You don't have to be a lawyer to see that the Maricopa County Attorney's Office messed up part of its response to county management over the issue of hiring special prosecutors in the case against Don Stapley.
The technical flub, which we'll detail below, seems especially embarrassing for County Attorney Andrew Thomas because of the cocky rhetoric he and his staff used to insult county barristers.
First, some background:
Last week, the county Board of Supervisors stopped County Attorney Andrew Thomas from hiring the special prosecutors he wanted to go after Stapley, one of five elected Supervisors.
Thomas needed the Supervisors to approve the three prosecutors, who included two high-profile, expensive lawyers from Washington D.C. At the recommendation of County Manager David Smith, Board Chairman Max Wilson removed the approval item from the Supervisors' agenda, which had the effect of killing Thomas' plan.
At the time, Smith stated several different legal reasons why it wouldn't have been proper or legal for the Board to approve the hiring, as we detailed in a previous blog entry.
That led, on Friday, to Thomas' office releasing a counter-analysis that purported to blast the legal reasoning of Smith and Wade Swanson, the county's head of litigation. As mentioned in the updates of the above-linked blog post, part of the argument hinged on warring interpretations of decades-old opinions from the state Attorney General.
To figure out who's right on that front, you probably do need to be a lawyer. But Thomas was confident enough Friday with his office's counter-analysis to state in a news release that the county's legal arguments were "bogus." One of Thomas' top aides, Barnett Lotstein, told New Times last week that Swanson had all the legal prowess of a first-year law student and that his debate points on the special prosecutors issue were "incompetent."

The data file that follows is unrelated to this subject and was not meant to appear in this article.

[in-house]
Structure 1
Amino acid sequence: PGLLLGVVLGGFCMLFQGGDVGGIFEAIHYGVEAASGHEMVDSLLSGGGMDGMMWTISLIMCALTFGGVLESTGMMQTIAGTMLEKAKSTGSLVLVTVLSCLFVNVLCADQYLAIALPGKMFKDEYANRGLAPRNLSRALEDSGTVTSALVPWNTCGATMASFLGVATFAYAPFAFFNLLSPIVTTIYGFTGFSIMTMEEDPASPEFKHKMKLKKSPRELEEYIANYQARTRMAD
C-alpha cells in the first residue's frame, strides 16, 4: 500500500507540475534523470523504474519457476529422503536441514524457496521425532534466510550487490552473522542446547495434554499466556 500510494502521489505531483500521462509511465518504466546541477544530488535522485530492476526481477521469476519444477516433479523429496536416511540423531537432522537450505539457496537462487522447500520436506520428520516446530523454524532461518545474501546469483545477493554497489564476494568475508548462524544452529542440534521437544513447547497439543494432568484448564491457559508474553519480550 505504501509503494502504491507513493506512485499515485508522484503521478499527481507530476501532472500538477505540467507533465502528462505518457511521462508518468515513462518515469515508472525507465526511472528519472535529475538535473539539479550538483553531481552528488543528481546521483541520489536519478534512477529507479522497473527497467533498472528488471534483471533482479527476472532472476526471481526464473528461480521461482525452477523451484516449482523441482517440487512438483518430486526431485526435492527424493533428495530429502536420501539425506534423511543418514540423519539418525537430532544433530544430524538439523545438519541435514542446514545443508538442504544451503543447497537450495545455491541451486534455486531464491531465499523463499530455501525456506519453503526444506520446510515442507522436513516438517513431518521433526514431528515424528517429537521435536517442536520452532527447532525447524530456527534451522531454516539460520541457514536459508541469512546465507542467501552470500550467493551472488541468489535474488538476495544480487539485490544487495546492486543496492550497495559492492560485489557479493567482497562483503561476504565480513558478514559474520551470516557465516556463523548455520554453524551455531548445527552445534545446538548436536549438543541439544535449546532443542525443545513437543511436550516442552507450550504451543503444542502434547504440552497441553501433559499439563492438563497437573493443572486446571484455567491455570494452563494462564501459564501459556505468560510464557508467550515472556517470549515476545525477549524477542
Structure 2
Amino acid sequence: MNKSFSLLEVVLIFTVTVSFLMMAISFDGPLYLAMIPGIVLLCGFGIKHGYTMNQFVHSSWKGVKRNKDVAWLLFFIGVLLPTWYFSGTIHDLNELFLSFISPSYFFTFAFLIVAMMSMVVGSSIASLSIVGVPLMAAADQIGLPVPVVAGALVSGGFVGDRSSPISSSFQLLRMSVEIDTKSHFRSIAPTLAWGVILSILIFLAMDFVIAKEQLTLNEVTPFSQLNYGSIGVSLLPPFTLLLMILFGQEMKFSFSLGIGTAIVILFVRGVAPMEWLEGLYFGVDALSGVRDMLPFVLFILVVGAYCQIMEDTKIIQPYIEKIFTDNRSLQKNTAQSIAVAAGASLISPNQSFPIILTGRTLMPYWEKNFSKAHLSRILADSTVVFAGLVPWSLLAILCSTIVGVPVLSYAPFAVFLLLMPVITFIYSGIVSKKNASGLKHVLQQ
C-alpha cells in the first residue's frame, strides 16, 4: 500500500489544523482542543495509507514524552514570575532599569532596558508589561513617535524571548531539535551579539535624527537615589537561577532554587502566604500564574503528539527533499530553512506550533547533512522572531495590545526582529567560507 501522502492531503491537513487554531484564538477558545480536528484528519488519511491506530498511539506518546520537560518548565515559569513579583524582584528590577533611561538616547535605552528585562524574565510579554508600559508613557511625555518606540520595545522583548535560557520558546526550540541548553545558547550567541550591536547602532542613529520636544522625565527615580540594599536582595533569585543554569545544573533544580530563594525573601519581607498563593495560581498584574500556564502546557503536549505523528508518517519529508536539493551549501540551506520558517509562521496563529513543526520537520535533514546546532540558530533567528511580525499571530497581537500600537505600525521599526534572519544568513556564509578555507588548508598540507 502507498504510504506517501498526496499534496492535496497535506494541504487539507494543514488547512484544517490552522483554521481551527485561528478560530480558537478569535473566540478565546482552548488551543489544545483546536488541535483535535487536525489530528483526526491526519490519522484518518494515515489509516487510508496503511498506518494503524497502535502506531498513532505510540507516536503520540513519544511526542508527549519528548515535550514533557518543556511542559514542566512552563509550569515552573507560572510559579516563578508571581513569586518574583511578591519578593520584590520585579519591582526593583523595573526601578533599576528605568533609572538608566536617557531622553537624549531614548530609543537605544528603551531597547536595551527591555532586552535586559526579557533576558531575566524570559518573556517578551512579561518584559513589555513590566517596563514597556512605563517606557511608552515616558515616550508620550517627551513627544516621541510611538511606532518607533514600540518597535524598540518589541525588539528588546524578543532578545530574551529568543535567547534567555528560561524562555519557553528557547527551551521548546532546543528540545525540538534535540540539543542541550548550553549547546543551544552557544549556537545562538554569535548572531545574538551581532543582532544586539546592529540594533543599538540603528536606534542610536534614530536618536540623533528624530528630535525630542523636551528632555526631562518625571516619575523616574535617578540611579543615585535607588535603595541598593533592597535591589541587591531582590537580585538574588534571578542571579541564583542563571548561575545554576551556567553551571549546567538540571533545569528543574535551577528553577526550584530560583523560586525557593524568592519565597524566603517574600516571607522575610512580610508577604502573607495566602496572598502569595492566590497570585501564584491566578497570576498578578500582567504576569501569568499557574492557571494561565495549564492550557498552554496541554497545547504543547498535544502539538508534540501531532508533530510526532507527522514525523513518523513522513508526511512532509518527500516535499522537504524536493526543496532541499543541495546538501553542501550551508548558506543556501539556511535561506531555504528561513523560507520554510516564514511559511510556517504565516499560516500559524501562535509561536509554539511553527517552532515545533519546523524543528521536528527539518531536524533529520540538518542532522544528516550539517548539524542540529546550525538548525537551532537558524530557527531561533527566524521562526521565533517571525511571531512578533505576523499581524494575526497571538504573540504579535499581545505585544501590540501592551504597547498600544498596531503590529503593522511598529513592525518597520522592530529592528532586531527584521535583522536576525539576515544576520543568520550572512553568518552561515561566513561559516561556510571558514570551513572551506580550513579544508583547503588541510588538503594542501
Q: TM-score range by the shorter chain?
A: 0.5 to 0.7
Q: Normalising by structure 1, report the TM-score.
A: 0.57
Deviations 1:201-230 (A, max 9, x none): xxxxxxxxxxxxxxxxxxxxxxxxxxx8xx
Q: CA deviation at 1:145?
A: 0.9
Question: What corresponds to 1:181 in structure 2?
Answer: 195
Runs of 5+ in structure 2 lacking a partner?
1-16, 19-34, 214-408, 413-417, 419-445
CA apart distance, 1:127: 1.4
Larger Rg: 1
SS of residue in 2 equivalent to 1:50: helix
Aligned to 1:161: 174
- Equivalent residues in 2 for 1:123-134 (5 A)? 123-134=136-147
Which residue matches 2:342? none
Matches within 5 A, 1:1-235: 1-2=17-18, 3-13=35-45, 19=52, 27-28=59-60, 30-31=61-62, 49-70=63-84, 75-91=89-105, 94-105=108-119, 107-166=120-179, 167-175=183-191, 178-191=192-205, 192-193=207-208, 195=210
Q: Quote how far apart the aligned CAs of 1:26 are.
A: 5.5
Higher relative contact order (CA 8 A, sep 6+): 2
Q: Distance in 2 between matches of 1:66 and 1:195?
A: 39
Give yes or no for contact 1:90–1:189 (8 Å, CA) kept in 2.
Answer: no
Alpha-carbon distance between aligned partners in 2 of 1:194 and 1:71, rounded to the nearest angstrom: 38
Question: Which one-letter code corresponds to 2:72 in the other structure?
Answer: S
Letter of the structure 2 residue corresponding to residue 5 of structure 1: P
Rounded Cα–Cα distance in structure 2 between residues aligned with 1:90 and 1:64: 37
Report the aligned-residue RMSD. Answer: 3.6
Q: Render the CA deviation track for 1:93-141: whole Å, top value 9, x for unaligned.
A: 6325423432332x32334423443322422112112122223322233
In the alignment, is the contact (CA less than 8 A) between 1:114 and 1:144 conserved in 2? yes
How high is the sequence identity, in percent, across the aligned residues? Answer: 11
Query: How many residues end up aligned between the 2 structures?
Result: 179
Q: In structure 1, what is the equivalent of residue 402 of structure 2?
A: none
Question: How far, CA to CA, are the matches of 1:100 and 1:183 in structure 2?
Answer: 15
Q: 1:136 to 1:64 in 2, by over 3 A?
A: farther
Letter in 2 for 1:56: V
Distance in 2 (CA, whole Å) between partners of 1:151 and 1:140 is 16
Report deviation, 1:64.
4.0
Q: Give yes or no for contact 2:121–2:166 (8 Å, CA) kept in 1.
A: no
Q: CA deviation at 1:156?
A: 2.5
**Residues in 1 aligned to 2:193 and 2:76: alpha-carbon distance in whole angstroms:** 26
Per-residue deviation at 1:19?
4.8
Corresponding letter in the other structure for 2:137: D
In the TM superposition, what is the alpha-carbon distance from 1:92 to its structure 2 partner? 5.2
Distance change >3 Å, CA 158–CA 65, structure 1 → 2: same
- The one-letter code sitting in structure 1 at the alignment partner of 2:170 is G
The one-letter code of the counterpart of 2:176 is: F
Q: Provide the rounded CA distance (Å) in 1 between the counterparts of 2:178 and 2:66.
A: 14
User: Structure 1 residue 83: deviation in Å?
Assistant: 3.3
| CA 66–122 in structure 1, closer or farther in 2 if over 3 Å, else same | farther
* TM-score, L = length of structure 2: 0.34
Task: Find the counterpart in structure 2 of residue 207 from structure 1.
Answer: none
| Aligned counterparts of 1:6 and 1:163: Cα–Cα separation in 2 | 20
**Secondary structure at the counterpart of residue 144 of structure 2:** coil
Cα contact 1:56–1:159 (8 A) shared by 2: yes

Even if that's true, Thomas' legal advisers also come off looking like rookies on this one.
Thomas' counter-analysis states that on October 6, the office received a letter from Yavapai County Attorney Sheila Polk about the Stapley case. (Smith also verifies the October 6 date of that letter).
Polk told Thomas in the letter that her office "is no longer handling any criminal investigations by the Maricopa County Sheriff's Office involving members of the Maricopa County Board of Supervisors." Only after getting that official word, the analysis states, did Thomas select new special prosecutors.
Yet that timeline is incorrect.
Thomas announced he had selected the prosecutors October 5, the day before receiving Polk's letter.
See the problem? We're supposed to trust Thomas' opinions about procurement contracts and residency requirements -- but he can't even figure out what day he puts out a news release.
We Believe Local Journalism is Critical to the Life of a City
Engaging with our readers is essential to Phoenix New Times's mission. Make a financial contribution or sign up for a newsletter, and help us keep telling Phoenix's stories with no paywalls.
Support Our Journalism
Click here for Thomas counter-analysis of the legal reasoning presented by Board lawyers as to why the Board wouldn't take a vote to approve or deny the special prosecutors. Click here for the county's response to the counter-analysis.
One final note:
About 3:15 p.m. today, Deputy County Attorney Rachel Alexander tweeted a note about a post she apparently wrote for her blog, Intellectual Conservative. The post's headline and text support Thomas' position that the Board's refusal to approve the special prosecutors is based on "bogus claims."
Our question: Is it Alexander's day off, or are taxpayers funding Alexander's Monday afternoon blogging on behalf of her boss?